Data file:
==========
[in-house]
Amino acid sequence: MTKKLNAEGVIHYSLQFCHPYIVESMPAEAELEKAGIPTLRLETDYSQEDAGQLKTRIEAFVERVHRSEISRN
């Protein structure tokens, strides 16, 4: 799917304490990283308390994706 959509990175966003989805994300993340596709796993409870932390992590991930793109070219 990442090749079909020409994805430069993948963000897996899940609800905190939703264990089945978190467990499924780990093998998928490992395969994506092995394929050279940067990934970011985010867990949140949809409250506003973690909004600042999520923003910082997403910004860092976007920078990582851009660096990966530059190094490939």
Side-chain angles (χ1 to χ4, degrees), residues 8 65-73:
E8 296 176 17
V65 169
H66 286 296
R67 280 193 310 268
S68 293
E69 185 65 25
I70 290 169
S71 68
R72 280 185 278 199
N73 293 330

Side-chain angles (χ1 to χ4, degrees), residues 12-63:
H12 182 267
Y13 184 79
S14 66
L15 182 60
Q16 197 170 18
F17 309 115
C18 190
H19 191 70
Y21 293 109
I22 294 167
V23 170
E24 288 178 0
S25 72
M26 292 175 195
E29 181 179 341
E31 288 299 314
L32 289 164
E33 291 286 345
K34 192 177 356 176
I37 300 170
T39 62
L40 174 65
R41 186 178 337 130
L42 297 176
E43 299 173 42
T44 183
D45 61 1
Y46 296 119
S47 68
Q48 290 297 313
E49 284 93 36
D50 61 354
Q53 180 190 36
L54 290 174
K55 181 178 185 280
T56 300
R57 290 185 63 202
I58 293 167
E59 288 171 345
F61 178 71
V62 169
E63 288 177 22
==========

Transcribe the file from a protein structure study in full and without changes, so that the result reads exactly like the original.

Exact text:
[in-house]
Amino acid sequence: MTKKLNAEGVIHYSLQFCHPYIVESMPAEAELEKAGIPTLRLETDYSQEDAGQLKTRIEAFVERVHRSEISRN
């Protein structure tokens, strides 16, 4: 799917304490990283308390994706 959509990175966003989805994300993340596709796993409870932390992590991930793109070219 990442090749079909020409994805430069993948963000897996899940609800905190939703264990089945978190467990499924780990093998998928490992395969994506092995394929050279940067990934970011985010867990949140949809409250506003973690909004600042999520923003910082997403910004860092976007920078990582851009660096990966530059190094490939």
Side-chain angles (χ1 to χ4, degrees), residues 8 65-73:
E8 296 176 17
V65 169
H66 286 296
R67 280 193 310 268
S68 293
E69 185 65 25
I70 290 169
S71 68
R72 280 185 278 199
N73 293 330

Side-chain angles (χ1 to χ4, degrees), residues 12-63:
H12 182 267
Y13 184 79
S14 66
L15 182 60
Q16 197 170 18
F17 309 115
C18 190
H19 191 70
Y21 293 109
I22 294 167
V23 170
E24 288 178 0
S25 72
M26 292 175 195
E29 181 179 341
E31 288 299 314
L32 289 164
E33 291 286 345
K34 192 177 356 176
I37 300 170
T39 62
L40 174 65
R41 186 178 337 130
L42 297 176
E43 299 173 42
T44 183
D45 61 1
Y46 296 119
S47 68
Q48 290 297 313
E49 284 93 36
D50 61 354
Q53 180 190 36
L54 290 174
K55 181 178 185 280
T56 300
R57 290 185 63 202
I58 293 167
E59 288 171 345
F61 178 71
V62 169
E63 288 177 22